The case against

Posted 13 Jan 2003 at 01:22 UTC by mbp Share This

I saw some hits on my web site the other day from machines in Always curious about new developments in web searching, I thought I'd find out about it. It's not a happy story.

Here's an example log line: - - [12/Jan/2003:23:46:38 +0000] "GET /problems.html HTTP/1.1" 200 6428 "-" "Mozilla/4.7"

To start with, it's obviously lying about being simply "Mozilla/4.7". Of course starting off the description with "Mozilla" to indicate capability is pretty standard these days. But UAs ought to say what they reallyt are, and RFC2616 says that robots should give a URL to find out about them. For example: - - [12/Jan/2003:23:15:00 +0000] "GET /manual/html/distcc-4.html HTTP/1.0" 200 2904 "-" "Googlebot/2.1 (+"

Well, perhaps there's some information at No, not a sausage.

Curious. Who's this robot poking around so anonymously? Nothing wrong with anonymity on the net of course, but it piqued my curiosity.

A quick grep showed that the robot was violating the robot behaviour standards! It never requested robots.txt. Very naughty.

Google and WHOIS show that is in fact owned by

NameProtect offers a comprehensive suite of research, watching and online brand monitoring services that assist brand professionals, attorneys, and other Intellectual Property specialists in building, protecting and managing their brands in the digital world.

No thank you.

It looks like they're running this robot that sneaks in where it's not wanted with the aim of later bringing lawsuits against web site hosts. No thankyou. I can't see any way in which allowing access by this robot could ever possibly be of benefit to the web host, and its behaviour is dishonest and distasteful.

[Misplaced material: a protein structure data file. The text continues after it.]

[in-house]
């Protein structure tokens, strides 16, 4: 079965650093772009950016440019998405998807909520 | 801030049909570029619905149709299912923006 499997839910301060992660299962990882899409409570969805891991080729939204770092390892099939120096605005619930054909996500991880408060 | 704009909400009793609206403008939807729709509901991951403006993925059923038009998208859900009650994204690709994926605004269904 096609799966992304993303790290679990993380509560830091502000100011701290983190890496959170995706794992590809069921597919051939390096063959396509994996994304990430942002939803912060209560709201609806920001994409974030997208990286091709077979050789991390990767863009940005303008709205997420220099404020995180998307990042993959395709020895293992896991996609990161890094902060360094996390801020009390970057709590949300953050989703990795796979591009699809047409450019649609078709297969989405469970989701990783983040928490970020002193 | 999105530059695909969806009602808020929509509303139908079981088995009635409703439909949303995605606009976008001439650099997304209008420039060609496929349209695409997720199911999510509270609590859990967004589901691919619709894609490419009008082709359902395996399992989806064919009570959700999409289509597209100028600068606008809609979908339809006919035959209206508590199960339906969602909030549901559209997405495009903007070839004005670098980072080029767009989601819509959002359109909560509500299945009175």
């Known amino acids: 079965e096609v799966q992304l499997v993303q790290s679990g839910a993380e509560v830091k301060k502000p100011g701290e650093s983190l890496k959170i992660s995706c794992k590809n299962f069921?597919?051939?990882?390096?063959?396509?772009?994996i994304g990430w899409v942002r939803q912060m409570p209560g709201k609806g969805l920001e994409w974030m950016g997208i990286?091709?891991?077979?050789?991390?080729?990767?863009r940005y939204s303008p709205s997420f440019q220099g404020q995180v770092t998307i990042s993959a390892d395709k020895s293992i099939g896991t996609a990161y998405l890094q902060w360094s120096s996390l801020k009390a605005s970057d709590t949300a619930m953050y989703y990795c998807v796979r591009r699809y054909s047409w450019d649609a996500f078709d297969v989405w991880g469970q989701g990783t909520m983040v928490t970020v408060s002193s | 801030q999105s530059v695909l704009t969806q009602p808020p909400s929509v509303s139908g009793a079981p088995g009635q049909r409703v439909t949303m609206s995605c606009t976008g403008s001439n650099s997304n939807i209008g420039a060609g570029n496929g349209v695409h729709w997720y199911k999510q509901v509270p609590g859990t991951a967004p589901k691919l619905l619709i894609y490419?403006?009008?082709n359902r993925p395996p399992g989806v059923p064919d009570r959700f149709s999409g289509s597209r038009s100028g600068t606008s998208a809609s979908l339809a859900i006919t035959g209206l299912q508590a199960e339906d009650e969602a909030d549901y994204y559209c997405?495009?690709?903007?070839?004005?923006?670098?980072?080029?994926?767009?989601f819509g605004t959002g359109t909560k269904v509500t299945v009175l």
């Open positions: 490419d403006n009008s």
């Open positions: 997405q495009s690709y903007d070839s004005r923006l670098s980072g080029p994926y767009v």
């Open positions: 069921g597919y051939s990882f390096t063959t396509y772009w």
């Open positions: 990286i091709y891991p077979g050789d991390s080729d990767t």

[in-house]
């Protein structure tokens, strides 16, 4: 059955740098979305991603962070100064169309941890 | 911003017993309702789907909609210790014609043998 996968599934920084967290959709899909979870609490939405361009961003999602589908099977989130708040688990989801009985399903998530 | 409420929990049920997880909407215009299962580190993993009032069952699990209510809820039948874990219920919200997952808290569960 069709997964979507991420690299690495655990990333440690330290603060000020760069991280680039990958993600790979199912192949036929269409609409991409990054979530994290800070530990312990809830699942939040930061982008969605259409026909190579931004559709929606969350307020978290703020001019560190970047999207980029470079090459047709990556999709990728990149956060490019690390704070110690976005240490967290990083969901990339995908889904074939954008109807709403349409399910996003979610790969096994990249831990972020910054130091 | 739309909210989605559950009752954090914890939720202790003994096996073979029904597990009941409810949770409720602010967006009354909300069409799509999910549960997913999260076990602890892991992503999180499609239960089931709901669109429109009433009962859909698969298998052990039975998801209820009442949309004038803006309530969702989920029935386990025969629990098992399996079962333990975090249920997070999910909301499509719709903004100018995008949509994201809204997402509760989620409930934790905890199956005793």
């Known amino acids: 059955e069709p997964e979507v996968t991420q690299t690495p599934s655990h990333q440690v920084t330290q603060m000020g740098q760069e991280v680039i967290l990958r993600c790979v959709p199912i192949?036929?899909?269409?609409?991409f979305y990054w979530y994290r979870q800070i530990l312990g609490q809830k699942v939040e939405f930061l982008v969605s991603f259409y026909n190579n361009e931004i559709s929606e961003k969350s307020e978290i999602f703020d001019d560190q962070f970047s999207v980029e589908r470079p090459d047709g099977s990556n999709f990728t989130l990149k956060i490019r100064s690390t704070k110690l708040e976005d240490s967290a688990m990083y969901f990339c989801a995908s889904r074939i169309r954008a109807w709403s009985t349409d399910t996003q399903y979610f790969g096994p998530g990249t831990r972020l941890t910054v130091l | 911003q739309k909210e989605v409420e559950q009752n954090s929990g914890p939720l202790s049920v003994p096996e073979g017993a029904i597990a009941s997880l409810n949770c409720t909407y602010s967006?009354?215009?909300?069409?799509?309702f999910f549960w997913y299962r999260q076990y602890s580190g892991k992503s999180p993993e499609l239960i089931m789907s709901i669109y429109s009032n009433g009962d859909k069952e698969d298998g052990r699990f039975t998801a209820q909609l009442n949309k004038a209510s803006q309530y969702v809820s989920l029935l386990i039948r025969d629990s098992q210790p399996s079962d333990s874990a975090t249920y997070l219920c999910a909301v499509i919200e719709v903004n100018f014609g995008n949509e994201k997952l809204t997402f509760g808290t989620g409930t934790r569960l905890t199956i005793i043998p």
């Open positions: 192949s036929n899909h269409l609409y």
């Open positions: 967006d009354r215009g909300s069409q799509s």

I'd be curious to see a criminal test case on the grounds of "unauthorized access to a computer resource" brought against people like this who bypass robots.txt, that being an access control mechanism. In Australia the penalty is up to ten years in jail.

More to the point, it's easily blocked. I encourage you to do this, at least as a gesture, even if they'll probably get new IPs in the future.

    Deny from

I'm not generally in favour of reducing connectivity, but I don't see any reason to invite hostile ambulance-chasers into my home.

More info: 1

"I never undertake to instruct my enemies" -- Rockefeller

Thanks, posted 13 Jan 2003 at 01:33 UTC by djm » (Master)

# tail -1 /etc/pf.conf
block in log from to any

Won't be worrying about them.

blacklist, posted 13 Jan 2003 at 12:23 UTC by tma » (Observer)

we definitely need a blacklist for crawlers too, not just SPAMmers.

blacklist, posted 13 Jan 2003 at 12:23 UTC by tma » (Observer)

we need a blacklist for crawlers too

P2P System of Distributed Block Lists, posted 13 Jan 2003 at 18:11 UTC by hacker » (Master)

What we need is a way to share these lists among our peers, and have aggregate validation of the hosts stored in these lists, similar to RBL (but for blocked hosts and on a distributed basis), for things like spammers, Microsoft's virus-o-the-week (Nimda, CodeRed, et al), people banging down websites with abberant spiders and crawlers (crawler918,, etc.), and other similar abuses.

Having a proper way to add and remove them from the "master list" which is distributed to every person who wishes to get it would be a primary goal of course. Something like distcc (hint hint) for distributing these block lists.

I probably have about 3,000 spammers listed in my iptables lists, plus abusive domains, spiders, crawlers, and clients who are knowingly are unknowingly infected with one Microsoft virus/trojan or another.

Another nice feature would be a way to automagically report these abuses upstream as they happen, similar to the way EarlyBird does it for worms.

I've been thinking about this for awhile, but I just don't have the time right now to code up a working skeleton prototype. Anyone else?

robots.txt is advisory only, posted 13 Jan 2003 at 23:33 UTC by dtucker » (Master)